IXO Models IXJP014 German Dornier Do 335A-1 "Pfeil" Fighter - Dornier Aircraft Factory, Oberpfaffenhofen, Germany, April 22nd, 1945 (1:72 Scale)
"Guns before butter. Guns will make us powerful; butter will only make us fat."
- Reichsmarschall Hermann Goering, Head of the German Luftwaffe
The Do 335 traces its origins back to World War I when Claude Dornier designed a number of flying boats featuring tandem engines. The same system was also used on the very successful post-war Wal and Do 18. In a tandem layout the engines are mounted back-to-back in pairs, the front engine 'pulling' and the rear one 'pushing' the aircraft. There are many advantages to this design over the more traditional system of placing one engine on each wing. With a tandem-engine layout the frontal area (and thus drag) of a single engine design is minimized, allowing for higher speeds. It also keeps the weight near the centerline, so the plane can roll faster than a traditional twin-engine plane. Moreover an engine failure doesn't lead to asymmetric thrust, and even in normal flight there is no net torque so the plane is easy to handle.
In 1939 Dornier was busy working on the P.59 high speed bomber project, which featured the tandem engine layout. Work on the P.59 was stopped in early 1940 when Hermann Goring ordered the cancellation of all work which could not be complete within a year.
In May 1942, Dornier submitted an updated version known as the P.231 with a 1,000kg bombload, in response to a requirement for a single seat high speed bomber/intruder. The P.231 was selected as the winner after beating rival designs from Arado and Junkers, and a development contract was awarded, thus creating the renamed Do 335. In the autumn of 1942, Dornier was told that the Do 335 was no longer required, and instead a multi-role fighter based on the same general layout would be accepted. This delayed the delivery of the prototype delivery so that modifications could be made.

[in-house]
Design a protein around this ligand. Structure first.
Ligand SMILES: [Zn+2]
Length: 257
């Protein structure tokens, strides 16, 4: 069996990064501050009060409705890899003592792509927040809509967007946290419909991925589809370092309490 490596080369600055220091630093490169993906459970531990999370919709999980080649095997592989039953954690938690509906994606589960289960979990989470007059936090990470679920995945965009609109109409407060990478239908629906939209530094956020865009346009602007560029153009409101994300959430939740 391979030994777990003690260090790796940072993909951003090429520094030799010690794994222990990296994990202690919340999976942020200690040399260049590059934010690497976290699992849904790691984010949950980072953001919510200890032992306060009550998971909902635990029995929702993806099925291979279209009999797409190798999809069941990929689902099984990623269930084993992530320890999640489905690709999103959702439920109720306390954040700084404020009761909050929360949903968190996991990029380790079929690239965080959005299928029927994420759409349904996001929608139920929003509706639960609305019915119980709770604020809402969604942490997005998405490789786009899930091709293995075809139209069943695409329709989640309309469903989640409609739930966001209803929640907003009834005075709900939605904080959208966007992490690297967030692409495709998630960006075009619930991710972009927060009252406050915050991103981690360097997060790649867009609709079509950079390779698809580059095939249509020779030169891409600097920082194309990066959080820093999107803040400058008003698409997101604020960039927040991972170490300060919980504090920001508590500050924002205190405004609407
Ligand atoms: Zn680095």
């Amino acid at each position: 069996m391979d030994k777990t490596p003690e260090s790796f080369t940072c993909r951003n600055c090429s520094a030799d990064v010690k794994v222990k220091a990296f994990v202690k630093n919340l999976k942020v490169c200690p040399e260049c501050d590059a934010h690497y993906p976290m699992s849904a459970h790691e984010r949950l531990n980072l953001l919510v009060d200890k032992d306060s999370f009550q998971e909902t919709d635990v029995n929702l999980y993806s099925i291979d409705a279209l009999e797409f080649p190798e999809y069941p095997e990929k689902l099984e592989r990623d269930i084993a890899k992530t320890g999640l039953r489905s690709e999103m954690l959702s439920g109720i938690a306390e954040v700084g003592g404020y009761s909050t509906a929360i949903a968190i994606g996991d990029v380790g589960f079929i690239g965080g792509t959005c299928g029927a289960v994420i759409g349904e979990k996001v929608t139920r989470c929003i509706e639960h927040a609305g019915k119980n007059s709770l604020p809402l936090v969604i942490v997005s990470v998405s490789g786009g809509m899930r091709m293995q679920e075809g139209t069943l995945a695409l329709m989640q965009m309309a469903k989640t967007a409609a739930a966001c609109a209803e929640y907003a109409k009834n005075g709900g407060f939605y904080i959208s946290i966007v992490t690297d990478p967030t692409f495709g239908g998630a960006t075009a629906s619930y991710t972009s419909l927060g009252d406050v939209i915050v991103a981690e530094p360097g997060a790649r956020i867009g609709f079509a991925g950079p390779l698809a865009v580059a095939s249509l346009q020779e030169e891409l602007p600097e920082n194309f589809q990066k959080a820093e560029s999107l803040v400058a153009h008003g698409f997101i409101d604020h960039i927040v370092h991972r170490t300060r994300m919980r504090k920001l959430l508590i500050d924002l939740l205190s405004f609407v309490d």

Fitted with the Daimler-Benz DB 603A engines which could deliver 1,750hp at take-off, the first prototype flew in October 1943. The pilots were surprised at the speed, acceleration, turning ability and general handling characteristics of the new aircraft noting it flew like a single-engine fighter. The only failings of the design was its poor rearward visibility and weak landing gear. The V2 and V3 incorporated several minor changes; the oil cooler under the nose incorporated into the annular engine cowling, blisters were added to the canopy with small rear view mirrors, and the main undercarriage doors were redesigned.
Wingspan: 7.25 inches
Length: 7 inches
Release Date: June 2006
Historical Account: "Pushme-Pullme" - On May 23rd, 1944, Hitler ordered maximum priority be given to Do 335 production. The main production line was intended to be at Manzel, but a bombing raid in March destroyed the tooling and forced Dornier to set up a new line at Oberpfaffenhofen. The decision was made to cancel the Heinkel He 219 and use its production facilities for the Do 335. However, Ernst Heinkel managed to delay, and eventually ignore, its implementation.
The first ten Do 335A-0's were delivered for testing in May. By late 1944 the Do 335A-1 was on the production line.
This was similar to the A-0 but featured uprated DB 603E-1 engines and two underwing hard points for additional bombs or drop tanks. Capable of a maximum speed of 474mph at 21,325 feet with MW 50 boost, or 426mph without boost, and able to climb to 26,250 feet in under 15 minutes, the Do 335A-1 could easily outrun any Allied fighters it encountered. Even with one engine out it could reach 350mph, allowing it to escape combat fairly easily.
Delivery commenced in January 1945. When the US Army overran the Oberpfaffenhofen factory in late April 1945, only eleven Do 335A-1 single seat fighter-bombers and two Do 335A-12 conversion trainers had been completed.